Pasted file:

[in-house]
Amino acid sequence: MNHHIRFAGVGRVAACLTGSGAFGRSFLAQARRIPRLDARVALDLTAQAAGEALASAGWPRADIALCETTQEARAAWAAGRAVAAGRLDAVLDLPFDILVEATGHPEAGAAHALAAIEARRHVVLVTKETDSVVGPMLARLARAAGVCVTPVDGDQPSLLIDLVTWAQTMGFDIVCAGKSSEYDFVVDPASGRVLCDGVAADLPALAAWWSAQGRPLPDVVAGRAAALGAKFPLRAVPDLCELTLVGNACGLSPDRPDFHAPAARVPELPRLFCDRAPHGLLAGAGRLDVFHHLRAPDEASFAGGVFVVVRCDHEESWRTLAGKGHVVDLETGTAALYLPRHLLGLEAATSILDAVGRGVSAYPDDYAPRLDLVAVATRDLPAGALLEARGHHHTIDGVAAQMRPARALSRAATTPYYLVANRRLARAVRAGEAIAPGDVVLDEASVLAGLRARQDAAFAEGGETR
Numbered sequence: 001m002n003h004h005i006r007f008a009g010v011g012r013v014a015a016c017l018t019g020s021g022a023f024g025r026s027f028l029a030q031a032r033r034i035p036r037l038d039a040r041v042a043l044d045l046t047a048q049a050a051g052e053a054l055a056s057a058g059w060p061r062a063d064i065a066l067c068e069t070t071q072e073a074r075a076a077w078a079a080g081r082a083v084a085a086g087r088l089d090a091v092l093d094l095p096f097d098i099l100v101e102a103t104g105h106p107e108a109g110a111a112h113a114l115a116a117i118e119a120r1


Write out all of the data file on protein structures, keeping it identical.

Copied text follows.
[in-house]
Amino acid sequence: MNHHIRFAGVGRVAACLTGSGAFGRSFLAQARRIPRLDARVALDLTAQAAGEALASAGWPRADIALCETTQEARAAWAAGRAVAAGRLDAVLDLPFDILVEATGHPEAGAAHALAAIEARRHVVLVTKETDSVVGPMLARLARAAGVCVTPVDGDQPSLLIDLVTWAQTMGFDIVCAGKSSEYDFVVDPASGRVLCDGVAADLPALAAWWSAQGRPLPDVVAGRAAALGAKFPLRAVPDLCELTLVGNACGLSPDRPDFHAPAARVPELPRLFCDRAPHGLLAGAGRLDVFHHLRAPDEASFAGGVFVVVRCDHEESWRTLAGKGHVVDLETGTAALYLPRHLLGLEAATSILDAVGRGVSAYPDDYAPRLDLVAVATRDLPAGALLEARGHHHTIDGVAAQMRPARALSRAATTPYYLVANRRLARAVRAGEAIAPGDVVLDEASVLAGLRARQDAAFAEGGETR
Numbered sequence: 001m002n003h004h005i006r007f008a009g010v011g012r013v014a015a016c017l018t019g020s021g022a023f024g025r026s027f028l029a030q031a032r033r034i035p036r037l038d039a040r041v042a043l044d045l046t047a048q049a050a051g052e053a054l055a056s057a058g059w060p061r062a063d064i065a066l067c068e069t070t071q072e073a074r075a076a077w078a079a080g081r082a083v084a085a086g087r088l089d090a091v092l093d094l095p096f097d098i099l100v101e102a103t104g105h106p107e108a109g110a111a112h113a114l115a116a117i118e119a120r1